Top Irish-American albums of the decade
Top Irish albums of the decade
“The whole thing about the Rasta movement is that they know that God is a living thing that walks among us,” she says in a video that comes with the iTunes version of the album. “That is the glory be God, let Him be praised.”
Declaring that her mission was to "rescue God from religion," O'Connor hailed Rastafarianism for its transformative role in her life and the lives of others. To do that, she displayed a deep knowledge of Jamaican-roots music in her selection of obscure songs about faith, strength, and peace. She pays tribute to the roots-reggae greats whose songs are covered on the album, including Burning Spear (the title track, among others), Peter Tosh’s caustic “Downpressor Man,” and the playful Junior Byles (“Curly Locks”). No roots album would be complete without a Bob Marley tune; Sinead does a stirring read of “War.”
“The first time I came across a real gentle spirit was Burning Spear,” she explains. “In the rasta or reggae music, he’s the only one that talks openly about the feminine principles of the world, the mothers and grandmothers of the world being the cornerstone of everything. I used to listen to ‘Marcus Garvey’ I love the lines ‘come little one / let me do what I can for you.’ His songs are simple and so unbelievably peaceful.”
O'Connor flew to Kingston, gathering top Jamaican musicians including drummer Sly Dunbar, bassist Robbie Shakespeare, guitarist Mikey Chung and trombonist Nambo Robinson to record in Bob Marley’s Tough Gong Studios. They lock into a ferocious groove from start to finish. In the promotional video, O'Connor cannot seem to wipe the grin off of her face as the band plays, and it is a feeling the listener can certainly appreciate. The horns lock in with the rolling bass line and synth chopping on “Y Mas Gan,” displaying a brilliant arrangement that was probably produced effortlessly.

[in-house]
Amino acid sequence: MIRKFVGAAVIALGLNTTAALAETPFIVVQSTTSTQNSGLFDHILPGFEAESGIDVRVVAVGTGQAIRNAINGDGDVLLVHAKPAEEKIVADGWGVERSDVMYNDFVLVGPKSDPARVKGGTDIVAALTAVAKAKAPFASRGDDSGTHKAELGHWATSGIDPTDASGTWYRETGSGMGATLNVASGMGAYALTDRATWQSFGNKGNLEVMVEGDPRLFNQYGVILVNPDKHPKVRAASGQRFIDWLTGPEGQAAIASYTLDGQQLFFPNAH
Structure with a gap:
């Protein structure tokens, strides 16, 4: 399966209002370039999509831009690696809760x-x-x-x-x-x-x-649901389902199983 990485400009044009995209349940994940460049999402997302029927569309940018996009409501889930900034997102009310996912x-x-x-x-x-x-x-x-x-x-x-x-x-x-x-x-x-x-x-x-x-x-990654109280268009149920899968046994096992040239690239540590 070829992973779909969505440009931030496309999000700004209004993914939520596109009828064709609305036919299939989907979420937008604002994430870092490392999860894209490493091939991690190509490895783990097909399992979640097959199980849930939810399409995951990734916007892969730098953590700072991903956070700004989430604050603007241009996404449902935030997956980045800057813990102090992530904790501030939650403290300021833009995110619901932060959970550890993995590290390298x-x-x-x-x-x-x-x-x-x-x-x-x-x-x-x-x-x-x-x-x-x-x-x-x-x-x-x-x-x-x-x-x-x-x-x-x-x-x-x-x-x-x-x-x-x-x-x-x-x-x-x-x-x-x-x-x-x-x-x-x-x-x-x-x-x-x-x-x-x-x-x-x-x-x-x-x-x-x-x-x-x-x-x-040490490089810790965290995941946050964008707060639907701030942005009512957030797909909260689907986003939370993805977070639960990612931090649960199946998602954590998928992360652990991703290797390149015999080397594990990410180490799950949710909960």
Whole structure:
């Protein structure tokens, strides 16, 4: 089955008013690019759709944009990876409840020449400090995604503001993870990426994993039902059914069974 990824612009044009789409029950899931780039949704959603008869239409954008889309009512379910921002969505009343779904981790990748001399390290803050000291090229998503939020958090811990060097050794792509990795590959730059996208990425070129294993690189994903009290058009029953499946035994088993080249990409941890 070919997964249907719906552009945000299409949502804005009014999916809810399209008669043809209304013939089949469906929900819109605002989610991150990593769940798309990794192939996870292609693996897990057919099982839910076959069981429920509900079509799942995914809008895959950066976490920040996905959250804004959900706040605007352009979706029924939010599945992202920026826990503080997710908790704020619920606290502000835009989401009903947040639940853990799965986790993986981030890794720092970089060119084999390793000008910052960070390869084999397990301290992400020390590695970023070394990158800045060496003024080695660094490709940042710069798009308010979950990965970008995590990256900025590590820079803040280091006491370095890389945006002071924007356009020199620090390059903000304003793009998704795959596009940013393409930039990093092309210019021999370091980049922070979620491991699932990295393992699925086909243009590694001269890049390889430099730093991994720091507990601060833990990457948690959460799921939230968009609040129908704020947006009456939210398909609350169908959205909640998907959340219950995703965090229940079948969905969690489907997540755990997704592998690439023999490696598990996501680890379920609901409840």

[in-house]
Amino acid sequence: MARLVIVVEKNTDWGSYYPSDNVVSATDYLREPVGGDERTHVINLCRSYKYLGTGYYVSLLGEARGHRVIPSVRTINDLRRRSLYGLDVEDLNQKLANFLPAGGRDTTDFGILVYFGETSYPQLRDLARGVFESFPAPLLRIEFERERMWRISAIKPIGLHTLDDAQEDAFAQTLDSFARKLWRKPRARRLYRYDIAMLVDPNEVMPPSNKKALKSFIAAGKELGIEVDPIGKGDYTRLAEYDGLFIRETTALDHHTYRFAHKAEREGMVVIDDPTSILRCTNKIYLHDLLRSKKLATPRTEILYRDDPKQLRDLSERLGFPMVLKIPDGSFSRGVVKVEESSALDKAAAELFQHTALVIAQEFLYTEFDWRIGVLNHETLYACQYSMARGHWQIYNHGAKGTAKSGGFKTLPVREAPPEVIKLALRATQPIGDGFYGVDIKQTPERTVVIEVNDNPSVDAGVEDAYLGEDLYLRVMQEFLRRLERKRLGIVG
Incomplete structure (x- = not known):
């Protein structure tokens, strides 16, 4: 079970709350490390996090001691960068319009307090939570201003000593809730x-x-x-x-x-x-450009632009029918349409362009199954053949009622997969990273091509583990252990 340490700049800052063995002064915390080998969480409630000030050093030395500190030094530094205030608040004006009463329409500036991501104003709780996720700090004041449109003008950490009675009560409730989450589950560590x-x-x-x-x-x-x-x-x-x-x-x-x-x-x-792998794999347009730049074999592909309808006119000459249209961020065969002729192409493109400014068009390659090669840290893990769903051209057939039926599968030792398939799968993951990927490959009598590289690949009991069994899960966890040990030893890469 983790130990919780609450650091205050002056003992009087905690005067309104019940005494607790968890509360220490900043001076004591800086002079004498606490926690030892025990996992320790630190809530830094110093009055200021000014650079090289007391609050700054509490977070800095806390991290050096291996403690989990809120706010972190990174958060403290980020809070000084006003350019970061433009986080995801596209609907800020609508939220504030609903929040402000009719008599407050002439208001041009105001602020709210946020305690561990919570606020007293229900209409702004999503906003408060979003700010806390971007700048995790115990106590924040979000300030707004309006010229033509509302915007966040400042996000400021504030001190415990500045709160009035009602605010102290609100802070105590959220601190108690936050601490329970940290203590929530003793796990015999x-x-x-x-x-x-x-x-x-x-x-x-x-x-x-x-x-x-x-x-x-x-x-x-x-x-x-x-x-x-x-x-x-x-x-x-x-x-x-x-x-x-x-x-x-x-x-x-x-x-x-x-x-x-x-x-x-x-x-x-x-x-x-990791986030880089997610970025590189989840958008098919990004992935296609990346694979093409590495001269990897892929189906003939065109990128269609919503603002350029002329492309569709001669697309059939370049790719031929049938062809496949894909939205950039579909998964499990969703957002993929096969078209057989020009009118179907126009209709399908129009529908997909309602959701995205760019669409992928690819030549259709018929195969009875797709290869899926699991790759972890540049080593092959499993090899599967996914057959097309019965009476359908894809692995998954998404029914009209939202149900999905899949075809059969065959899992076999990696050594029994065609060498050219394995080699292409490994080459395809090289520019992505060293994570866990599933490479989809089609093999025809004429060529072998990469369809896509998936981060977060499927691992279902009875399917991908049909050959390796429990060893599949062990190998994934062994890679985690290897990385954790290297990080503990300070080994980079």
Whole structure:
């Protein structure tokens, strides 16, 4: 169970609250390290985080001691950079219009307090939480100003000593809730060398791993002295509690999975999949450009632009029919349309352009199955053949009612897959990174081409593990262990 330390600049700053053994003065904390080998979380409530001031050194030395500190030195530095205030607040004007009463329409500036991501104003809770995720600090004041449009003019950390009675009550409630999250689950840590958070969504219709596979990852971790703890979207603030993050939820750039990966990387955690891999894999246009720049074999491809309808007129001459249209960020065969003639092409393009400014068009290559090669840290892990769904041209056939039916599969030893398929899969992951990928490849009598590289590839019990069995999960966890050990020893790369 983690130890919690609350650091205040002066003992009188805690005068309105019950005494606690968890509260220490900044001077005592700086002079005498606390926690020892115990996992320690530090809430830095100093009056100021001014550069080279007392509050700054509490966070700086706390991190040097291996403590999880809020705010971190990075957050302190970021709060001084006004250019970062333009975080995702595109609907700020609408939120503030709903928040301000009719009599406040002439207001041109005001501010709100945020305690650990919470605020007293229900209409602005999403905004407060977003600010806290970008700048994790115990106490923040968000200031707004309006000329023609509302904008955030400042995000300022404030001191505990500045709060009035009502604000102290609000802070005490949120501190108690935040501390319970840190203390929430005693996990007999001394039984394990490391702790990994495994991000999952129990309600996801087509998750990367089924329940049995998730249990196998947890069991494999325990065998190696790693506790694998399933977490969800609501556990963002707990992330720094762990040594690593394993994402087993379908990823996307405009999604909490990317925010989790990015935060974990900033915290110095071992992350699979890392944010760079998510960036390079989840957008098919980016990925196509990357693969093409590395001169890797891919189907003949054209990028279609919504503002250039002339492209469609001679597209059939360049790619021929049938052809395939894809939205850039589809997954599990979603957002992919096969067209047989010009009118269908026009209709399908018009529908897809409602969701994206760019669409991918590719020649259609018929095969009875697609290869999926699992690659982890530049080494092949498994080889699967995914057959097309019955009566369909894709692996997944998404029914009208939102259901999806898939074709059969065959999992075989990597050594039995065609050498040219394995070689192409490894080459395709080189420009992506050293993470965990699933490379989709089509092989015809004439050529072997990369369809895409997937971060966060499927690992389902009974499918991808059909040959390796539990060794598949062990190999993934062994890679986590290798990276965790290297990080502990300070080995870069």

“It was the only boarding pass that I ever kept, the one to Kingston,” O'Connor said in the promotional video that comes with the iTunes version of the album. “It was the most amazing feeling, going to work every day in Tuff Gong. I just want to bawl just thinking about it now.”
Much attention is paid to Marley when talking about reggae and roots music -------- for good reason, of course. O'Connor shines a spotlight on Burning Spears, giving the listener a new appreciation for an underappreciated talent. The rollicking bass line of “Marcus Garvey,” a song about the Black Nationalist that Rastafarians consider a religious prophet and reincarnation of Saint John the Baptist, is powerful, while the slow burning “Throw Down Your Arms” settles the world’s problems in a mellow, dank cloud of ganja smoke.
It’s the only anti-war song that was not completely corny,” she says of the song. “Burning Spear just had this ‘let’s figure this all out together’ vibe in the song. Most anti-war songs are actually quite aggressive, but ‘Throw Down your Arms’ is not.”
Sinead has thrown in a reggae song here and there on albums like Faith and Courage, but she shines as a high priestess of Jamaican roots on "Throw Down Your Arms," begging the listener for more. The album was a modest hit, selling over 250,000 copies with 10% of the profits being donated to support the Rastafari elders in Jamaica.